Mud and the meaning of perfection

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LOOK into my eyes: Muziwandile Gigaba’s Ntwananhle I.  Photograph by Muzi Gigaba.

SOMETHING COMPLETELY ASTONISHING is currently on show at the University of Johannesburg’s FADA Gallery. Named Ntwananhle and the R2 Boys, this exhibition is only up for another day or two, but it’s a gallery visit you won’t regret. This is Muziwandile Gigaba’s masters exhibition and it serves to present this young ceramicist, draughtsman and printmaker within the context of storytelling that takes oral tradition to new, and intensely relevant heights.

Born in 1984 in the KwaZulu-Natal township of KwaMashu, Gigaba draws from an upbringing that was immersed in the simple narrative values defining rural life. In developing his oeuvre, he ciphons out the purity and magic of stories handed down from grandparent to grandchild. You see this shimmering with directness and sophistication in his work, whichever way you look.

Ntwananhle and the R2 Boys crafts a rich and nuanced tale about ritual and presence, fantasy and poverty. It’s at once resonant with ancient storytelling traditions as it is grippingly contemporary. But you do not need to know the intricacies of the tale in order to sit at the feet of these pieces in awe.

Gigaba’s large scale linocuts, while skilled in the sweeping linework and strong reflection on proportion, anatomy and character they embrace, play second fiddle to his ceramic work. They’re biblical in their reach, but almost too painterly in texture to be unequivocally legible as linocuts.

Also, their presence is compromised. As you walk into the gallery, your eye is caught by the impeccable attention to sculptural detail in the ceramic pieces, and it just does not let go. Ntwananhle I and II are hollow works in the aspect of a sculptural bust. They contain electric lights. By and large, this doesn’t feel necessary – the works are so contained and provocative, so detailed and mysterious, they light up on their own. Gigaba’s use of texture and text he intertwined into the surfaces of the pieces are simply breath-taking.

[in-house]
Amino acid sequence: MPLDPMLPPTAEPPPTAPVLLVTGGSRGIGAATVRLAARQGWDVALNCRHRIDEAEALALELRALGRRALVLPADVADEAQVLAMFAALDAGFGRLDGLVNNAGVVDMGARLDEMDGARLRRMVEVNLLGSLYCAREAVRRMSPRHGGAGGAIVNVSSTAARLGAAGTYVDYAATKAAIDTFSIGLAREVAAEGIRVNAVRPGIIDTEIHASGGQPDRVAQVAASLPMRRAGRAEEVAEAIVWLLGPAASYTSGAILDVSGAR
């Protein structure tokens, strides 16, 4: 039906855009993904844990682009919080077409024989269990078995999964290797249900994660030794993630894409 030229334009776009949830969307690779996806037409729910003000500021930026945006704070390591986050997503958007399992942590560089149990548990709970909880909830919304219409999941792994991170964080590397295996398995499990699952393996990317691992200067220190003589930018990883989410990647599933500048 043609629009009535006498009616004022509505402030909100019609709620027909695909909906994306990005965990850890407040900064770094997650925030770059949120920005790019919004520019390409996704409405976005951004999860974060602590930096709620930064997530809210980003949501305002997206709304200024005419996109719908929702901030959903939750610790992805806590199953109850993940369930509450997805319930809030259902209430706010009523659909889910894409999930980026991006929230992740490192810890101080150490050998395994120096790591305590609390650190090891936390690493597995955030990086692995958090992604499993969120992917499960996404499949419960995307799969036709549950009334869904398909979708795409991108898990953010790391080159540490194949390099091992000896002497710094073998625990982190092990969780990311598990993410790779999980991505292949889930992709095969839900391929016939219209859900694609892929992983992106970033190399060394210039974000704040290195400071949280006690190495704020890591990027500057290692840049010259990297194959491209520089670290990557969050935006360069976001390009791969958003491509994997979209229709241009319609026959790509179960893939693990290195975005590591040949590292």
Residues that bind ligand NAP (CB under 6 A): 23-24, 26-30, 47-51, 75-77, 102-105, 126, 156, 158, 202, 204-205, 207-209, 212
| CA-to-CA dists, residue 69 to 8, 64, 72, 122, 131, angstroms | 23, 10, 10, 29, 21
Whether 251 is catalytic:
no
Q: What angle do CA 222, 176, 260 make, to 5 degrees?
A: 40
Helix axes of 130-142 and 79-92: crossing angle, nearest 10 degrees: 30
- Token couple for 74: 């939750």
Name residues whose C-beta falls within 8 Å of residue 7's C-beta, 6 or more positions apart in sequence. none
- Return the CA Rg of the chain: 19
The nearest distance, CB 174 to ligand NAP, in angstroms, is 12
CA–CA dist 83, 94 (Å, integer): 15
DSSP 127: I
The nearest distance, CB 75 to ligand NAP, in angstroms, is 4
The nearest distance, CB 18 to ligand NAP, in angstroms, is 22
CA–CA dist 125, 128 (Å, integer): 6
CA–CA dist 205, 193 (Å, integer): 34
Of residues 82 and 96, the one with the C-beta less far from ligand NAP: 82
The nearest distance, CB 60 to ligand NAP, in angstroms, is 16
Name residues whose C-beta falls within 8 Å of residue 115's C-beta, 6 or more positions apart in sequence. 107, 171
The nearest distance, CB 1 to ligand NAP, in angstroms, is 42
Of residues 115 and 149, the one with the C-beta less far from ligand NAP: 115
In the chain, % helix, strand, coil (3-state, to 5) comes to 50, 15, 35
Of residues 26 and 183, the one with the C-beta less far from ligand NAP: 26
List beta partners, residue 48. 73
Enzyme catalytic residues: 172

There’s much more than you can grasp in a first visit to this show – some of these ceramic heads have a slot in them, like a money box. It’s a gesture which offers a sardonic look at the concept of saving money but also comments on the preciousness of work of this nature: use these to insert your coins and when they are full, you have to smash the piece to get at your stash.

There’s a hanging construction of ceramic moths in the second part of the gallery space. This is less engaging because of its several nature: it’s busy and is designed to act like a vignette hanging in front of an installation shot from Nirox sculpture garden in Krugersdorp. It’s a not completely successful, whimsical aside to Gigaba’s Ntwananhle tale that feels a little more literal than the heads.

So, when you look at Gigaba’s ceramic heads, you might think of the ceremonial Epa masks of the Nigerian community of Yoruba. The large, almost pendulous orbs peer back at you with a kind of imperial sense of importance, and the detail and texture on the pieces make you want to never stop caressing them with your eyes.

Also on display are selections of Gigaba’s drawing books, which offer a pointed reflection on the artist’s beautiful line work and wise focuses. Gigaba’s is a name to remember, taking the humble medium of mud to new and extraordinarily dignified levels.

  • Ntwananhle and the R2 Boys by Muziwandile Gigaba is at the FADA Gallery, Bunting Road Campus, University of Johannesburg, in Auckland Park, until March 1. 011 559 4555.
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Books that redefine the universe

By Sinead Fletcher

  • Sinead Fletcher is a third year fine arts student at the University of Johannesburg who recently took part in the Arts Writing course facilitated by Robyn Sassen.